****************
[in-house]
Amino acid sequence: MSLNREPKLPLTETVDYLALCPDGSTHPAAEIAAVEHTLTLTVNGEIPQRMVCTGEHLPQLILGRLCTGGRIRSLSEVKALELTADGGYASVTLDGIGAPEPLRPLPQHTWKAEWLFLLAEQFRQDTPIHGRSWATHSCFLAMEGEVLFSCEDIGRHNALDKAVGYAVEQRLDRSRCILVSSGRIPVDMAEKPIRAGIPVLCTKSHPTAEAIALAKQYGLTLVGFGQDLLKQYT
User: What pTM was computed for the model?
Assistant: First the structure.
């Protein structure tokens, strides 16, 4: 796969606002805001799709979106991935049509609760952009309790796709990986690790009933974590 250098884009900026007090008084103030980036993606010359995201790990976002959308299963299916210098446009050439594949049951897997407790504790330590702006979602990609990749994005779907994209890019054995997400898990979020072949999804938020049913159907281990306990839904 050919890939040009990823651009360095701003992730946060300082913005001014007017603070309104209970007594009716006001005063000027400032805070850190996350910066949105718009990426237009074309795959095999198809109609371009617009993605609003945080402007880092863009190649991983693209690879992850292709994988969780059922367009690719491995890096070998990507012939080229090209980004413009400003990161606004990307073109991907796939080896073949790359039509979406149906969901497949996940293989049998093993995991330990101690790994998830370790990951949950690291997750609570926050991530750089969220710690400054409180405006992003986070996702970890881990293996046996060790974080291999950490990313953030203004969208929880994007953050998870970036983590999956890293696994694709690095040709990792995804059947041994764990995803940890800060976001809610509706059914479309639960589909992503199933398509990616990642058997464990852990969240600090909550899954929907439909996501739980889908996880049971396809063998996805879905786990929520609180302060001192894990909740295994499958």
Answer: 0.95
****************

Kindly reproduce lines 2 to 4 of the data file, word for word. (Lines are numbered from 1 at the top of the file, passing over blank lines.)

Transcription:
Amino acid sequence: MSLNREPKLPLTETVDYLALCPDGSTHPAAEIAAVEHTLTLTVNGEIPQRMVCTGEHLPQLILGRLCTGGRIRSLSEVKALELTADGGYASVTLDGIGAPEPLRPLPQHTWKAEWLFLLAEQFRQDTPIHGRSWATHSCFLAMEGEVLFSCEDIGRHNALDKAVGYAVEQRLDRSRCILVSSGRIPVDMAEKPIRAGIPVLCTKSHPTAEAIALAKQYGLTLVGFGQDLLKQYT
User: What pTM was computed for the model?
Assistant: First the structure.